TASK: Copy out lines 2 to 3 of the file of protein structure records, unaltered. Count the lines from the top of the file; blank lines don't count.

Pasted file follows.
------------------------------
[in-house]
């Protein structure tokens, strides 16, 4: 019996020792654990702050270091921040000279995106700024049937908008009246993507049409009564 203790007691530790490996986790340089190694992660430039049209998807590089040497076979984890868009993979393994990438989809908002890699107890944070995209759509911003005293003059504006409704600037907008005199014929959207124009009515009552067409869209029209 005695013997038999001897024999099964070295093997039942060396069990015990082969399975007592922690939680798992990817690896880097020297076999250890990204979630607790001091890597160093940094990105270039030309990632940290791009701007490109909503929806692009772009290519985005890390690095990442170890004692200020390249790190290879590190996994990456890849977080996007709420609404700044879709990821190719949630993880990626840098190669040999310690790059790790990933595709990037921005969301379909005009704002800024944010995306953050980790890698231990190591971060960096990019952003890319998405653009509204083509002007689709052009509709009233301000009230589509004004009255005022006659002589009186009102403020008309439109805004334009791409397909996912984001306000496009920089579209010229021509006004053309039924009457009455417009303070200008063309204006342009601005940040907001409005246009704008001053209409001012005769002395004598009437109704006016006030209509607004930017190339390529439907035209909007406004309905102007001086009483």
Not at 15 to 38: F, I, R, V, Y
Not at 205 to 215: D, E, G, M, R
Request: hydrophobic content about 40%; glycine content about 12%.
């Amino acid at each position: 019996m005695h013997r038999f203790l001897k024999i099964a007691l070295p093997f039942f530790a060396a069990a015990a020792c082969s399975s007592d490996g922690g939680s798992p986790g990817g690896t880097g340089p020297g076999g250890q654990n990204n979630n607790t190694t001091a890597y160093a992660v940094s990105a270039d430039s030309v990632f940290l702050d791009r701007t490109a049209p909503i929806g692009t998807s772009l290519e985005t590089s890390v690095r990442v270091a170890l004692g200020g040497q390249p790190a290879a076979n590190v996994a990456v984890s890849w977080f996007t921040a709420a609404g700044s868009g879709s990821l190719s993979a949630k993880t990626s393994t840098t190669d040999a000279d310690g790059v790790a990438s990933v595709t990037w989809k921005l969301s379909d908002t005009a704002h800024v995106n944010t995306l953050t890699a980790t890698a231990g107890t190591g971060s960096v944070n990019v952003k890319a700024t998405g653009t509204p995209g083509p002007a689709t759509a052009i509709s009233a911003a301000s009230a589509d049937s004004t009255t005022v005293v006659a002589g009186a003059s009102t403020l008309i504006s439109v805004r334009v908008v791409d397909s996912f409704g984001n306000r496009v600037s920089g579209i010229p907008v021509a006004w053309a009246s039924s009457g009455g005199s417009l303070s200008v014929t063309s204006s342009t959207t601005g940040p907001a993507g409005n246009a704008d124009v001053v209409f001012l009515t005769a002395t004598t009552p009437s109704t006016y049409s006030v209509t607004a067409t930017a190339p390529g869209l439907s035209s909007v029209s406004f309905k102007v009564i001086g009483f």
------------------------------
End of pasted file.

């Protein structure tokens, strides 16, 4: 019996020792654990702050270091921040000279995106700024049937908008009246993507049409009564 203790007691530790490996986790340089190694992660430039049209998807590089040497076979984890868009993979393994990438989809908002890699107890944070995209759509911003005293003059504006409704600037907008005199014929959207124009009515009552067409869209029209 005695013997038999001897024999099964070295093997039942060396069990015990082969399975007592922690939680798992990817690896880097020297076999250890990204979630607790001091890597160093940094990105270039030309990632940290791009701007490109909503929806692009772009290519985005890390690095990442170890004692200020390249790190290879590190996994990456890849977080996007709420609404700044879709990821190719949630993880990626840098190669040999310690790059790790990933595709990037921005969301379909005009704002800024944010995306953050980790890698231990190591971060960096990019952003890319998405653009509204083509002007689709052009509709009233301000009230589509004004009255005022006659002589009186009102403020008309439109805004334009791409397909996912984001306000496009920089579209010229021509006004053309039924009457009455417009303070200008063309204006342009601005940040907001409005246009704008001053209409001012005769002395004598009437109704006016006030209509607004930017190339390529439907035209909007406004309905102007001086009483």
Not at 15 to 38: F, I, R, V, Y